Resilient and Adaptable: Mexico's Automotive Industry Shines
Mexico's automotive industry has emerged as a bright spot amid a challenging global market, demonstrating impressive resilience and adaptability in the face of the COVID-19 pandemic. The industry is well positioned to take advantage of the global reorganization of supply chains, as it has become increasingly competitive and attractive to investors. However, the sector is also under increasing pressure to adopt Industry 4.0 to improve its competitiveness and address sustainability concerns, as highlighted by industry leaders at the Mexico Automotive Summit 2023.
“The automotive industry has relied on the same business model, processes and supply chain for over a century; however, the industry's exposure to recent shocks has prompted it to innovate and adapt. With its strategic location, global integration and talent generation, Mexico has the potential to emerge as a formidable global competitor in the industry,” says Rodrigo Centeno, Senior Marketing Director, Nissan Mexicana.
The country’s automotive industry is recovering from the pandemic, primarily driven by a push for greater efficiency. The sector has long relied on the same models and processes, but recent shocks have forced it to make significant innovations. While Mexico is well-positioned to become a global competitor, recovery has not been as swift as observed in other parts of the world. National consumers remain financially fragile, and the industry's recovery has not translated to significant growth in domestic demand. Despite these challenges, Mexico's automotive industry represents a beacon of hope for the global industry and acts as a central hub for the generation of new technologies, says Gerardo Gómez, Senior Director and Country Manager MX, JD Power.
Nevertheless, Mexico's automotive industry is poised to become a global hub, thanks to several key competitive advantages. One of these is its favorable geography, which provides convenient access to the US, the world's largest automotive market. Mexico's location also enables it to be a hub for global distribution and logistics, which is particularly relevant as supply chains become more complex and fragmented. The country’s automotive industry benefits from global integration, which is driven by free trade agreements that promote cross-border investment and trade. Finally, Mexico has a large and skilled workforce that is capable of generating new ideas and technologies, making it a fertile ground for innovation. As companies anticipate greater diversification of their portfolios, Mexico's competitive advantages position it as a leading destination for foreign investment in the automotive sector, industry experts agree.
To fully leverage the nearshoring interest in the industry, it is also crucial for both the federal and state government to offer legal incentives that can instill investor confidence and accelerate investments in the infrastructure necessary to support the industry's transition to electromobility and Industry 4.0.Private companies in Mexico's automotive industry are actively pursuing Industry 4.0 transformations to improve their competitiveness and address sustainability concerns. However, there is a lack of understanding of the concept, and some companies are applying technologies without a long-term application strategy. To maximize the benefits of Industry 4.0, “a diagnostic process is necessary to identify areas of opportunity and make processes more efficient,” recommends Alberto Torrijos, Partner, Automotive Leading Consulting, Deloitte.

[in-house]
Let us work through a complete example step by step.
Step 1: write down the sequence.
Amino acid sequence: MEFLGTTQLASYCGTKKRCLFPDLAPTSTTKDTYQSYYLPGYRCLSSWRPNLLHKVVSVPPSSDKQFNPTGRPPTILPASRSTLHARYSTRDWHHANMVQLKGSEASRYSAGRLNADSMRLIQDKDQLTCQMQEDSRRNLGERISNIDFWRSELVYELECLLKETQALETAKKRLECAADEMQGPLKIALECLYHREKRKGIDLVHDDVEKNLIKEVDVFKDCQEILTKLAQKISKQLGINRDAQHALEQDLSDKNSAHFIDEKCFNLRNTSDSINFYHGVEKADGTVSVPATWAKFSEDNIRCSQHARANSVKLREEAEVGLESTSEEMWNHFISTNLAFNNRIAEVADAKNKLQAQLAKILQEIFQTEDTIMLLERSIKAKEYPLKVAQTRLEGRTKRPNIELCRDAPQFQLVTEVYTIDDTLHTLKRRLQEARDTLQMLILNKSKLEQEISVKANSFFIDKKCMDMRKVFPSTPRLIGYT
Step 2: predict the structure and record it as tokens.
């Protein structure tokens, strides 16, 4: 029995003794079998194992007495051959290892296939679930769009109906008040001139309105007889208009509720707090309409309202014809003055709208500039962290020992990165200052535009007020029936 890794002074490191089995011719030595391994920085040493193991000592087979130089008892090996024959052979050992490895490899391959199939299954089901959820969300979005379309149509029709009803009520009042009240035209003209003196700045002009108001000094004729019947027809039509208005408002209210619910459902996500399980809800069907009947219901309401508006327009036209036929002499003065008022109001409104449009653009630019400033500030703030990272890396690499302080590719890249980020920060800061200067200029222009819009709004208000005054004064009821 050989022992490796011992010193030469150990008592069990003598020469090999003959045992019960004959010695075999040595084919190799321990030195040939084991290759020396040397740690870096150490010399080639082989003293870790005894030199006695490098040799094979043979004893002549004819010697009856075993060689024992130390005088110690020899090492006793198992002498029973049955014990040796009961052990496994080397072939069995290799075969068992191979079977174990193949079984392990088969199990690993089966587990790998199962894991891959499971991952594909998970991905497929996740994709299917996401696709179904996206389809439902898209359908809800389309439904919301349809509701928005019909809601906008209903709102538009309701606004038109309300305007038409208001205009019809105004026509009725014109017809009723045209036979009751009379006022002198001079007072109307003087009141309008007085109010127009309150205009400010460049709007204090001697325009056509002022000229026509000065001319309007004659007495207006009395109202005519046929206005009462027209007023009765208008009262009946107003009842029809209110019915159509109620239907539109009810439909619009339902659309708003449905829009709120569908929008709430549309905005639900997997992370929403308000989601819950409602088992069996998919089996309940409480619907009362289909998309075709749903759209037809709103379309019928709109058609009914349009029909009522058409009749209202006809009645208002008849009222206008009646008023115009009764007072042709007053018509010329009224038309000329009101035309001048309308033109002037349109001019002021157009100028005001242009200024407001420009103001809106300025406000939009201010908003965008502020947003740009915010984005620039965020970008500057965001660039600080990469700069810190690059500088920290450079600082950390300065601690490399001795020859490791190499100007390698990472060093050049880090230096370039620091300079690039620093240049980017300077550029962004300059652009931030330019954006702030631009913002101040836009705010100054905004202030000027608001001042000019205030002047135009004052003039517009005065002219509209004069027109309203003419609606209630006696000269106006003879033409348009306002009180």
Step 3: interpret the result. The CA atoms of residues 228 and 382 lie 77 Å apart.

Mexico's automotive industry is at a crossroads, trying to use technologies to identify the general and individual needs and wants of consumers, while also addressing sustainability concerns. “The industry is transforming at an impressive speed. Sustainability gives the industry a boost and it has become a goal to be achieved,” says Francisco González, President, INA. In the supply chain, there are various levels of maturity across companies and traditional ones may not be prepared for the electrification of mobility. Investment is critical at this moment, especially considering that internal combustion (ICE) vehicles are less expensive and easier to produce, which is why they became popular over electric vehicles (EV) in the first place.
However, climate change has forced companies to explore and innovate EVs and their components to make them increasingly accessible. “Two significant barriers to electrification are battery costs and infrastructure,” says Centeno. In response, some companies are rethinking the problem, such as Nissan's POWER model, which will serve as an important intermediary option, especially in developing countries where it will take time to build infrastructure while remaining competitive with combustion vehicles. The launch of the POWER model in Japan and other markets has been well-received, but the ecosystem is complex, making return on investment difficult to capture.
“There is a wind of a paradigm shift driven by social values, challenging companies to address these goals, however, it is easier said than done, and there are important challenges to overcome,” says Centeno.